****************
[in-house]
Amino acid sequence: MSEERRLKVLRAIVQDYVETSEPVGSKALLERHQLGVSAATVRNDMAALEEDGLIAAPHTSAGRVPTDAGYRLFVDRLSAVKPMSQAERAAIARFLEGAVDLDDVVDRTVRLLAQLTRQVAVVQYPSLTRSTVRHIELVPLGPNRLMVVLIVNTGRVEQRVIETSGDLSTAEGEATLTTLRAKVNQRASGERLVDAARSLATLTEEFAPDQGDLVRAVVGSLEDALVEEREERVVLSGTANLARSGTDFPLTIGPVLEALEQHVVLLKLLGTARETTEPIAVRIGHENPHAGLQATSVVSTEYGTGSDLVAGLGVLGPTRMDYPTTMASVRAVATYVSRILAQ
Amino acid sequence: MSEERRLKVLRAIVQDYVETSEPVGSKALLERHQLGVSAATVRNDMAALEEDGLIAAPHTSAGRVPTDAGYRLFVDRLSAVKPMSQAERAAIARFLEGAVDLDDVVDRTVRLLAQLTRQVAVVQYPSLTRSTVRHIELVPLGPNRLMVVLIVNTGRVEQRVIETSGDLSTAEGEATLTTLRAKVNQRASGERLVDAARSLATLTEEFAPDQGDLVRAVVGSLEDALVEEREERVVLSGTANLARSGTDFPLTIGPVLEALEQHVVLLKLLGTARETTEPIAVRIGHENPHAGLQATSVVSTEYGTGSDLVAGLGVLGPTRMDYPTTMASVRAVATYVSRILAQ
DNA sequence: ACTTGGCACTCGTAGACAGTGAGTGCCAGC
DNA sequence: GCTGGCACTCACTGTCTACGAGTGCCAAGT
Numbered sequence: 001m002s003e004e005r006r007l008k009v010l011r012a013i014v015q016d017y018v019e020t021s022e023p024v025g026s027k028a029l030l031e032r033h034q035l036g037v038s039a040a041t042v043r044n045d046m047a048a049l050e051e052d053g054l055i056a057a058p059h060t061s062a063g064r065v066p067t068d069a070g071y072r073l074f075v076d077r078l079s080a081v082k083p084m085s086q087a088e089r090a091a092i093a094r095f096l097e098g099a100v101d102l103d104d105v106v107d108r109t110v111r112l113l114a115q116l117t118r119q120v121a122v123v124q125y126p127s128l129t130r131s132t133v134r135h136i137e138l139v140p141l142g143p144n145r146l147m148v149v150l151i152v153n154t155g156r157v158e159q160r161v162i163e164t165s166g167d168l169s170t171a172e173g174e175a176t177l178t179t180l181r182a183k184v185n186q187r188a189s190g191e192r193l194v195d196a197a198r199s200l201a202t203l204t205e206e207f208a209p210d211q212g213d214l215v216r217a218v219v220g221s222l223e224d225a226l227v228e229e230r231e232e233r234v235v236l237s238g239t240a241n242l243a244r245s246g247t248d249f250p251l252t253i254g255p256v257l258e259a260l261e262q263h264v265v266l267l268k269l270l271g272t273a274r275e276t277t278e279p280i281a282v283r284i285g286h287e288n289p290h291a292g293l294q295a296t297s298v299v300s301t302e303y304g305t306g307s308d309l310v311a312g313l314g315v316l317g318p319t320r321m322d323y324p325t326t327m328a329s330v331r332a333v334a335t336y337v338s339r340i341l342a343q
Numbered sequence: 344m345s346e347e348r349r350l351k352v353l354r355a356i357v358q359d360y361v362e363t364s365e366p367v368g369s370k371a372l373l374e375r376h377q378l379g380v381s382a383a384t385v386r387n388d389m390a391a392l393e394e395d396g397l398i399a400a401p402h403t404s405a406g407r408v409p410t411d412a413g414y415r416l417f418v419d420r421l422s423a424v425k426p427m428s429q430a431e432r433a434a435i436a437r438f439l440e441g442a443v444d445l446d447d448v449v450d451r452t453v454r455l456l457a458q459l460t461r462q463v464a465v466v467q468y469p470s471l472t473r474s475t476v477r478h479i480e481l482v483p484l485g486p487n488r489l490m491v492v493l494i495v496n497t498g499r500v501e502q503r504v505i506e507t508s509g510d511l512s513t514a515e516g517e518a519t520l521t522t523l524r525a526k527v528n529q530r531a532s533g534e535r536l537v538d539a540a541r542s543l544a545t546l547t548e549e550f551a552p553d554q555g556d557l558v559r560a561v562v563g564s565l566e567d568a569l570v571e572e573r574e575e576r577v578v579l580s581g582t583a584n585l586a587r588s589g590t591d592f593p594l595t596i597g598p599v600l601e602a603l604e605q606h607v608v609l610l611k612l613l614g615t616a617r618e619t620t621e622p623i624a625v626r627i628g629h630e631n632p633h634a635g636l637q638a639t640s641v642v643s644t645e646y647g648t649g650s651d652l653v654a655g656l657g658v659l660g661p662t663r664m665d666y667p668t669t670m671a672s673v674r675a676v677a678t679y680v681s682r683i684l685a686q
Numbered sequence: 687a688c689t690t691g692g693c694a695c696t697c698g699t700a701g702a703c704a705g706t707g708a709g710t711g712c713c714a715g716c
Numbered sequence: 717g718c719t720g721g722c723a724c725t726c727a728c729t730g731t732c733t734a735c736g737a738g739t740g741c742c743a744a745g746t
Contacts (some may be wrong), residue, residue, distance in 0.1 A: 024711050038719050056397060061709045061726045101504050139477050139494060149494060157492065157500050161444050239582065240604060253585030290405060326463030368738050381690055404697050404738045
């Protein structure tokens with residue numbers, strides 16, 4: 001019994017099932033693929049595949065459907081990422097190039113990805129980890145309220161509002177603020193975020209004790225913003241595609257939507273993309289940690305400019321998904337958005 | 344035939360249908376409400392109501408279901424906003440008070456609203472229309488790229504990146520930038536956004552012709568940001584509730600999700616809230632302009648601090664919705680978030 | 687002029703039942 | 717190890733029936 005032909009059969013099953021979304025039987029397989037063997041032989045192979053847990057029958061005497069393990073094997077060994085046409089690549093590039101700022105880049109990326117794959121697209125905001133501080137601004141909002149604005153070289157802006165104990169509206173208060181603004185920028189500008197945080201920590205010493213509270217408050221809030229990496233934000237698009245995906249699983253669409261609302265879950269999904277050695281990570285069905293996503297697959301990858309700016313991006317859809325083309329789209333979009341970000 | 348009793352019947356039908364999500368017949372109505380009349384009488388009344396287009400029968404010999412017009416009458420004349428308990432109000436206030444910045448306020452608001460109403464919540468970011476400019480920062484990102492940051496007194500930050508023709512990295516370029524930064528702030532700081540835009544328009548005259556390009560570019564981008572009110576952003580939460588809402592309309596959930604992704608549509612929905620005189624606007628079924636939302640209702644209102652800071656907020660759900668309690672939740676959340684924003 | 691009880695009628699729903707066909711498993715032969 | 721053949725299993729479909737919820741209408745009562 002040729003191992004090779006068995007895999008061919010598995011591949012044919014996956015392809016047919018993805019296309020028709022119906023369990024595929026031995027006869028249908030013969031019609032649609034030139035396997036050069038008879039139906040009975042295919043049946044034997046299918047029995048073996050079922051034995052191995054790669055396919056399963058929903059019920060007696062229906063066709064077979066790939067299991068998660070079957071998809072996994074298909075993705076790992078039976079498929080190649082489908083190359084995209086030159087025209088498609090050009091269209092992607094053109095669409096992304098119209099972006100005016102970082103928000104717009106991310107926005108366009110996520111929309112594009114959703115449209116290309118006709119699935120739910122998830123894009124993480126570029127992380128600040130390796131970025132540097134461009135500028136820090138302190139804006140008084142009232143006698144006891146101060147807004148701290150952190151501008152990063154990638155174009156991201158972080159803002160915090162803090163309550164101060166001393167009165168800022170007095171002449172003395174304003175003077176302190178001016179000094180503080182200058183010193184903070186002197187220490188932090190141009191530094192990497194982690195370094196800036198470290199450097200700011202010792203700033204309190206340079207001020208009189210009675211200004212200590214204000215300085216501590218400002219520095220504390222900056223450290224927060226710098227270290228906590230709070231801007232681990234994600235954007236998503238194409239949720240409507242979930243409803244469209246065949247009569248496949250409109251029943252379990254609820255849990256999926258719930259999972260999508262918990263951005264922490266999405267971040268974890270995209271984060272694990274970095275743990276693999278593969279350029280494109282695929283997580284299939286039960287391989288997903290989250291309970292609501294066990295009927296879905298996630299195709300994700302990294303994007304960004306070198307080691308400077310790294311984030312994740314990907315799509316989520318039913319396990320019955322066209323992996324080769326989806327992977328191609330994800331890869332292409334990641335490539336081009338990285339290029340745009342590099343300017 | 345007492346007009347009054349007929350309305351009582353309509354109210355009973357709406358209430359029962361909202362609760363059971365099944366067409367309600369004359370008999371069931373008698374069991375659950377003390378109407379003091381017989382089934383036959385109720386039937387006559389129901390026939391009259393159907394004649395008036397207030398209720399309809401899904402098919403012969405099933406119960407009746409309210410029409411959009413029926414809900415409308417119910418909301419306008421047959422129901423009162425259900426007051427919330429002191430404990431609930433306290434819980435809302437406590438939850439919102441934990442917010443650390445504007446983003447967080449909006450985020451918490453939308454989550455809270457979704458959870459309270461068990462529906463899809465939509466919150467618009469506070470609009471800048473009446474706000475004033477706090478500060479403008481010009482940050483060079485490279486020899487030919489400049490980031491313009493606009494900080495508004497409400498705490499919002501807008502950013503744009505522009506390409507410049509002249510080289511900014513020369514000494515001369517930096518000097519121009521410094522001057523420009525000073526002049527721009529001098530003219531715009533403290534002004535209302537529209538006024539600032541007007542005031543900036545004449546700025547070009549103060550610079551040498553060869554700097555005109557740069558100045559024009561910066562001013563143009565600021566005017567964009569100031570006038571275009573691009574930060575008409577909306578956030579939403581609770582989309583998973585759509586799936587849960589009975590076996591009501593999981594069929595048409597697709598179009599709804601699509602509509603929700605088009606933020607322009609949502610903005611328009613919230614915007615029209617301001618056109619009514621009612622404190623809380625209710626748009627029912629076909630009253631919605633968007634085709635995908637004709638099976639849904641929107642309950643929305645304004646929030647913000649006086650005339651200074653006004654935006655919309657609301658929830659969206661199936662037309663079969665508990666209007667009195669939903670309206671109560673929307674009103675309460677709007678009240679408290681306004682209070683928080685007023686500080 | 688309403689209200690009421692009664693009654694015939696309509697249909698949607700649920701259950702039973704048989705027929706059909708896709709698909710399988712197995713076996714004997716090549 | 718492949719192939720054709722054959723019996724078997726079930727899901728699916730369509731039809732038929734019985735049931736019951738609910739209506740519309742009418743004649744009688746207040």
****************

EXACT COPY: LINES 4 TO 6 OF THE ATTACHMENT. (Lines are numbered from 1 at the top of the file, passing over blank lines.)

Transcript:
DNA sequence: ACTTGGCACTCGTAGACAGTGAGTGCCAGC
DNA sequence: GCTGGCACTCACTGTCTACGAGTGCCAAGT
Numbered sequence: 001m002s003e004e005r006r007l008k009v010l011r012a013i014v015q016d017y018v019e020t021s022e023p024v025g026s027k028a029l030l031e032r033h034q035l036g037v038s039a040a041t042v043r044n045d046m047a048a049l050e051e052d053g054l055i056a057a058p059h060t061s062a063g064r065v066p067t068d069a070g071y072r073l074f075v076d077r078l079s080a081v082k083p084m085s086q087a088e089r090a091a092i093a094r095f096l097e098g099a100v101d102l103d104d105v106v107d108r109t110v111r112l113l114a115q116l117t118r119q120v121a122v123v124q125y126p127s128l129t130r131s132t133v134r135h136i137e138l139v140p141l142g143p144n145r146l147m148v149v150l151i152v153n154t155g156r157v158e159q160r161v162i163e164t165s166g167d168l169s170t171a172e173g174e175a176t177l178t179t180l181r182a183k184v185n186q187r188a189s190g191e192r193l194v195d196a197a198r199s200l201a202t203l204t205e206e207f208a209p210d211q212g213d214l215v216r217a218v219v220g221s222l223e224d225a226l227v228e229e230r231e232e233r234v235v236l237s238g239t240a241n242l243a244r245s246g247t248d249f250p251l252t253i254g255p256v257l258e259a260l261e262q263h264v265v266l267l268k269l270l271g272t273a274r275e276t277t278e279p280i281a282v283r284i285g286h287e288n289p290h291a292g293l294q295a296t297s298v299v300s301t302e303y304g305t306g307s308d309l310v311a312g313l314g315v316l317g318p319t320r321m322d323y324p325t326t327m328a329s330v331r332a333v334a335t336y337v338s339r340i341l342a343q